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Q = P 2 P 1 R size 12{Q= { {P rSub { size 8{2} } - P rSub { size 8{1} } } over {R} } } {}

to

P 2 P 1 = R Q , size 12{P rSub { size 8{2} } - P rSub { size 8{1} } =R`Q} {}

where, in this case, P 2 size 12{P rSub { size 8{2} } } {} is the pressure at the water works and R size 12{R} {} is the resistance of the water main. During times of heavy use, the flow rate Q size 12{Q} {} is large. This means that P 2 P 1 size 12{P rSub { size 8{2} } - P rSub { size 8{1} } } {} must also be large. Thus P 1 size 12{P rSub { size 8{1} } } {} must decrease. It is correct to think of flow and resistance as causing the pressure to drop from P 2 size 12{P rSub { size 8{2} } } {} to P 1 size 12{P rSub { size 8{1} } } {} . P 2 P 1 = R Q size 12{P rSub { size 8{2} } - P rSub { size 8{1} } =R`Q} {} is valid for both laminar and turbulent flows.

Figure shows the water distribution system from a water works to homes around that area. The pressure at the pipeline near the water works is shown to have a pressure P two and the pressure at the dividing point were the pipe line splits to corresponding houses the pressure is shown as P one.
During times of heavy use, there is a significant pressure drop in a water main, and P 1 supplied to users is significantly less than P 2 created at the water works. If the flow is very small, then the pressure drop is negligible, and P 2 P 1 size 12{P rSub { size 8{2} } approx P rSub { size 8{1} } } {} .

We can use P 2 P 1 = R Q size 12{P rSub { size 8{2} } - P rSub { size 8{1} } =R`Q} {} to analyze pressure drops occurring in more complex systems in which the tube radius is not the same everywhere. Resistance will be much greater in narrow places, such as an obstructed coronary artery. For a given flow rate Q size 12{Q} {} , the pressure drop will be greatest where the tube is most narrow. This is how water faucets control flow. Additionally, R size 12{Q} {} is greatly increased by turbulence, and a constriction that creates turbulence greatly reduces the pressure downstream. Plaque in an artery reduces pressure and hence flow, both by its resistance and by the turbulence it creates.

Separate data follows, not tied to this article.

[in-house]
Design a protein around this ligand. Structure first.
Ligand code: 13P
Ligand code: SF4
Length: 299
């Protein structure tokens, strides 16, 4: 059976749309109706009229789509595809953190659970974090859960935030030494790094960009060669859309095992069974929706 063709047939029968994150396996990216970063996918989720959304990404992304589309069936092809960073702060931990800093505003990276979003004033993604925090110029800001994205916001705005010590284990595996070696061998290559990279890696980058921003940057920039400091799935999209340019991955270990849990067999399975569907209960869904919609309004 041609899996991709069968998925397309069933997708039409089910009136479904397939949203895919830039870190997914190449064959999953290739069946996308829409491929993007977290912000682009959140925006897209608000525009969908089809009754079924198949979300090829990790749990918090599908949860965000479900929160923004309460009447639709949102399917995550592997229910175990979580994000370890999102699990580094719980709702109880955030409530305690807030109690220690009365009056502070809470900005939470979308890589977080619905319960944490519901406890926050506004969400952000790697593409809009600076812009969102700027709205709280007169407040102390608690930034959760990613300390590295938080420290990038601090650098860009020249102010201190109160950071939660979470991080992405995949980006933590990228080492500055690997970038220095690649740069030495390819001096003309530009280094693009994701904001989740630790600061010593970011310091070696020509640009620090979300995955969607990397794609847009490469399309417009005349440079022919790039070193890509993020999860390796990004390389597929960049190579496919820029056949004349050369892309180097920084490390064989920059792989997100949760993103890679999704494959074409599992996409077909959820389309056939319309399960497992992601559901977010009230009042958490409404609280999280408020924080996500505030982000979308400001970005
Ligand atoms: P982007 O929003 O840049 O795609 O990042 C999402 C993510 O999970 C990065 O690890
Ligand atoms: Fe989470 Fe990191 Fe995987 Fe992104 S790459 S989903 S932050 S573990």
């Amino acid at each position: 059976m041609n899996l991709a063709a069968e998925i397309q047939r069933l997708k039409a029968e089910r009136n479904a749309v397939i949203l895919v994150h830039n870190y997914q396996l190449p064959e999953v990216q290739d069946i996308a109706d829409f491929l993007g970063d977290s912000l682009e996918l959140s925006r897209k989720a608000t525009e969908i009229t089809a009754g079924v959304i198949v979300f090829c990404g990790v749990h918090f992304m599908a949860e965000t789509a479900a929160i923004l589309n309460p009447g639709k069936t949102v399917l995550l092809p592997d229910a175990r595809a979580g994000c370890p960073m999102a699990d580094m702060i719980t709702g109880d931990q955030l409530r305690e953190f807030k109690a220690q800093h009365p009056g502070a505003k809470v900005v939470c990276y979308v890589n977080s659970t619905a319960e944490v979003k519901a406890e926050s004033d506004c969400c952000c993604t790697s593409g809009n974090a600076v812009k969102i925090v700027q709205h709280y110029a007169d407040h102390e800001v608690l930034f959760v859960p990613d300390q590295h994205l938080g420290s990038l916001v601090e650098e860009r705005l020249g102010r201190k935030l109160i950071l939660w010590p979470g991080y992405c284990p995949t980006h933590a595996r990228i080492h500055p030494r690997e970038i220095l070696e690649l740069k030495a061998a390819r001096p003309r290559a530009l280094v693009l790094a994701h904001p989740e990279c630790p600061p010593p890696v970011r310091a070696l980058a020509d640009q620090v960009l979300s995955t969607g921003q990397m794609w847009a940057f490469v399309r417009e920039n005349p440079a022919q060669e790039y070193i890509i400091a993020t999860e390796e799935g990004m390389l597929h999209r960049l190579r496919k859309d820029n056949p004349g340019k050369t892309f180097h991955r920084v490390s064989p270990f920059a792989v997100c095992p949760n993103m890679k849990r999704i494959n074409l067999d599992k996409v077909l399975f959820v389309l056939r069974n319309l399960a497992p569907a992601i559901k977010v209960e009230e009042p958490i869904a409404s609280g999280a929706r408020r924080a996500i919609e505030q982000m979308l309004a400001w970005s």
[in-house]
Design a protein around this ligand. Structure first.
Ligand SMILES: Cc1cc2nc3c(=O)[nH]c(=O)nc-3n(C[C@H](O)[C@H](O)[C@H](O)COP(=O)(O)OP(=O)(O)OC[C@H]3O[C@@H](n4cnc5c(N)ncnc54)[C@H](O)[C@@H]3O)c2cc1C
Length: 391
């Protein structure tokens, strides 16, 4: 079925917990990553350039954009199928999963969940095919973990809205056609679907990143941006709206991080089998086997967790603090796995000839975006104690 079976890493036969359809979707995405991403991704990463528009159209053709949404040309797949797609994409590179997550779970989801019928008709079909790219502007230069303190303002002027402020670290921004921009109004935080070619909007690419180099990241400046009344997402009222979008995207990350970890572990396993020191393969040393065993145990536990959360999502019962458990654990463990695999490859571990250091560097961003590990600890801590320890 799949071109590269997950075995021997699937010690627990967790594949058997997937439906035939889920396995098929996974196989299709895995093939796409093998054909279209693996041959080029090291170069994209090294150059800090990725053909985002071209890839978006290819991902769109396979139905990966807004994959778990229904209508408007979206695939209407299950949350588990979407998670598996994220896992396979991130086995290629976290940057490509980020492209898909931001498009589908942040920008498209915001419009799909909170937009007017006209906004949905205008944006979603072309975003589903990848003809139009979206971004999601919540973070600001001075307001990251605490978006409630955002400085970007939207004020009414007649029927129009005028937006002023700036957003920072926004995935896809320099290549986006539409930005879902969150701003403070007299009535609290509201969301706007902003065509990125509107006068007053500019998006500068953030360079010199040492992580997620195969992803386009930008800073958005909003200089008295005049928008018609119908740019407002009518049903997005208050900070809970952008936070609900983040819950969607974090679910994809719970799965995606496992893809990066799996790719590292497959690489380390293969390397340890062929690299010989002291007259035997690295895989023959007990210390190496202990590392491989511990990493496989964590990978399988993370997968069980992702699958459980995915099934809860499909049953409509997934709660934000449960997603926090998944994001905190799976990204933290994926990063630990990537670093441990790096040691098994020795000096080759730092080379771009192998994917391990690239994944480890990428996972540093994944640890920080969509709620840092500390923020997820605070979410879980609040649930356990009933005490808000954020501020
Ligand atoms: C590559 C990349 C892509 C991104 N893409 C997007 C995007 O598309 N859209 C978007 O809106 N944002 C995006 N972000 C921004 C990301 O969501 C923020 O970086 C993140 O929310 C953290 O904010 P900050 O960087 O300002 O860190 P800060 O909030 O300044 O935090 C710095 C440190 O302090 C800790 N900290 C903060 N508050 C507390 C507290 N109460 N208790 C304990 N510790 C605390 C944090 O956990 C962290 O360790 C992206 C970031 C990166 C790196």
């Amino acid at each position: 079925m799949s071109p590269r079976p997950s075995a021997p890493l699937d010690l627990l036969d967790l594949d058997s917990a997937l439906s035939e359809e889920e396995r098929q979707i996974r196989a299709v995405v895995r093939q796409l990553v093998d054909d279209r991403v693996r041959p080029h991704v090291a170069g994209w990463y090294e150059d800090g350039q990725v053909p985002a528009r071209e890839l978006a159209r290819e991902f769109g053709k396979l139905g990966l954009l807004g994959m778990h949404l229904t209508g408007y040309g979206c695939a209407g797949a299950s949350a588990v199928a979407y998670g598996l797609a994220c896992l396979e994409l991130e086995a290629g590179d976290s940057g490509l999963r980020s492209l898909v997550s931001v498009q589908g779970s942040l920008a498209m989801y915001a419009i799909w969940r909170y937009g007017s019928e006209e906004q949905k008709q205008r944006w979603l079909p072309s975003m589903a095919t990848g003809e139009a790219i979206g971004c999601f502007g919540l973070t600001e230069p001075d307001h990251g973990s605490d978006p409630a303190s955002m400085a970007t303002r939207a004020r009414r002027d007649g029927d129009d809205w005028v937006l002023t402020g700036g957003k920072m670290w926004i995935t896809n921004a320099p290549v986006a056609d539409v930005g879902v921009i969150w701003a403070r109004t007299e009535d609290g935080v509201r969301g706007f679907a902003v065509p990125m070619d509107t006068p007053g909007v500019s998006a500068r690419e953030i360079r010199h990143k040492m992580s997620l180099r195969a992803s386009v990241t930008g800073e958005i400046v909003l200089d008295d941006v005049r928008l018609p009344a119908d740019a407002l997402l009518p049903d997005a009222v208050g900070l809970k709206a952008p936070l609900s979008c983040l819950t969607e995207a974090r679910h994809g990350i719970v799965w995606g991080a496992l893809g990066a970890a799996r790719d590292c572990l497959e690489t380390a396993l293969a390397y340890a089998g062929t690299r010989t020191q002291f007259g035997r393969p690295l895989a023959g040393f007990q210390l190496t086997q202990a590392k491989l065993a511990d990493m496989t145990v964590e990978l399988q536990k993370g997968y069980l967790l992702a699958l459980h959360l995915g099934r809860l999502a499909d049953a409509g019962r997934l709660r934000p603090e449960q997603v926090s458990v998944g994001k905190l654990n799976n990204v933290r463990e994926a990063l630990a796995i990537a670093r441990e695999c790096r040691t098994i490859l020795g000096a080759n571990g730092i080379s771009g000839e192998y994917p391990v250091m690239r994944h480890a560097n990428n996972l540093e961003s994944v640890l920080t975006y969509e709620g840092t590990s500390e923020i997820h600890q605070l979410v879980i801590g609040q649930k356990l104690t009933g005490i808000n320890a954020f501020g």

[link] is a schematic of the human circulatory system, showing average blood pressures in its major parts for an adult at rest. Pressure created by the heart’s two pumps, the right and left ventricles, is reduced by the resistance of the blood vessels as the blood flows through them. The left ventricle increases arterial blood pressure that drives the flow of blood through all parts of the body except the lungs. The right ventricle receives the lower pressure blood from two major veins and pumps it through the lungs for gas exchange with atmospheric gases – the disposal of carbon dioxide from the blood and the replenishment of oxygen. Only one major organ is shown schematically, with typical branching of arteries to ever smaller vessels, the smallest of which are the capillaries, and rejoining of small veins into larger ones. Similar branching takes place in a variety of organs in the body, and the circulatory system has considerable flexibility in flow regulation to these organs by the dilation and constriction of the arteries leading to them and the capillaries within them. The sensitivity of flow to tube radius makes this flexibility possible over a large range of flow rates.

Figure is a schematic diagram of the circulatory system. The lungs, heart, arteries and vein systems are shown. The blood is shown to flow from the left atrium through the arteries, then through the veins and back to the right atrium. The flow is also shown from right atrium to the lungs and from lungs back to left atrium. All parts of the system are labeled. Pressure various points of the system all along the movement of blood across various parts are also marked.
Schematic of the circulatory system. Pressure difference is created by the two pumps in the heart and is reduced by resistance in the vessels. Branching of vessels into capillaries allows blood to reach individual cells and exchange substances, such as oxygen and waste products, with them. The system has an impressive ability to regulate flow to individual organs, accomplished largely by varying vessel diameters.